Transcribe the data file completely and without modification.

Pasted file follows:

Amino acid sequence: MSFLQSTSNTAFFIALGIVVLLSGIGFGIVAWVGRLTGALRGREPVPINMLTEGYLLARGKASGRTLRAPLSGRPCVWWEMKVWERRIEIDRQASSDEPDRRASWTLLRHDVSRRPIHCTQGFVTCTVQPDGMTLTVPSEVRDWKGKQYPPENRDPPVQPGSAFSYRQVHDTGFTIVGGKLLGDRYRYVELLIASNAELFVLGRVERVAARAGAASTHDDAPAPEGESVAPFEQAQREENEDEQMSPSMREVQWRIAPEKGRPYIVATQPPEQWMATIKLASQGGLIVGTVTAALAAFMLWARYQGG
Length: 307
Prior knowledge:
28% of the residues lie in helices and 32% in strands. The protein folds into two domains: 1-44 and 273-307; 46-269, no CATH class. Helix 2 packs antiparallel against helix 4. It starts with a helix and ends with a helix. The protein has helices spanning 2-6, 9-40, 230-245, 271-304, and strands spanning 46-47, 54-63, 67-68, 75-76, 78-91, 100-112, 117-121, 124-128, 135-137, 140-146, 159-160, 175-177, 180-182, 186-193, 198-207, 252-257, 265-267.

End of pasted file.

Amino acid sequence: MSFLQSTSNTAFFIALGIVVLLSGIGFGIVAWVGRLTGALRGREPVPINMLTEGYLLARGKASGRTLRAPLSGRPCVWWEMKVWERRIEIDRQASSDEPDRRASWTLLRHDVSRRPIHCTQGFVTCTVQPDGMTLTVPSEVRDWKGKQYPPENRDPPVQPGSAFSYRQVHDTGFTIVGGKLLGDRYRYVELLIASNAELFVLGRVERVAARAGAASTHDDAPAPEGESVAPFEQAQREENEDEQMSPSMREVQWRIAPEKGRPYIVATQPPEQWMATIKLASQGGLIVGTVTAALAAFMLWARYQGG
Length: 307
Prior knowledge:
28% of the residues lie in helices and 32% in strands. The protein folds into two domains: 1-44 and 273-307; 46-269, no CATH class. Helix 2 packs antiparallel against helix 4. It starts with a helix and ends with a helix. The protein has helices spanning 2-6, 9-40, 230-245, 271-304, and strands spanning 46-47, 54-63, 67-68, 75-76, 78-91, 100-112, 117-121, 124-128, 135-137, 140-146, 159-160, 175-177, 180-182, 186-193, 198-207, 252-257, 265-267.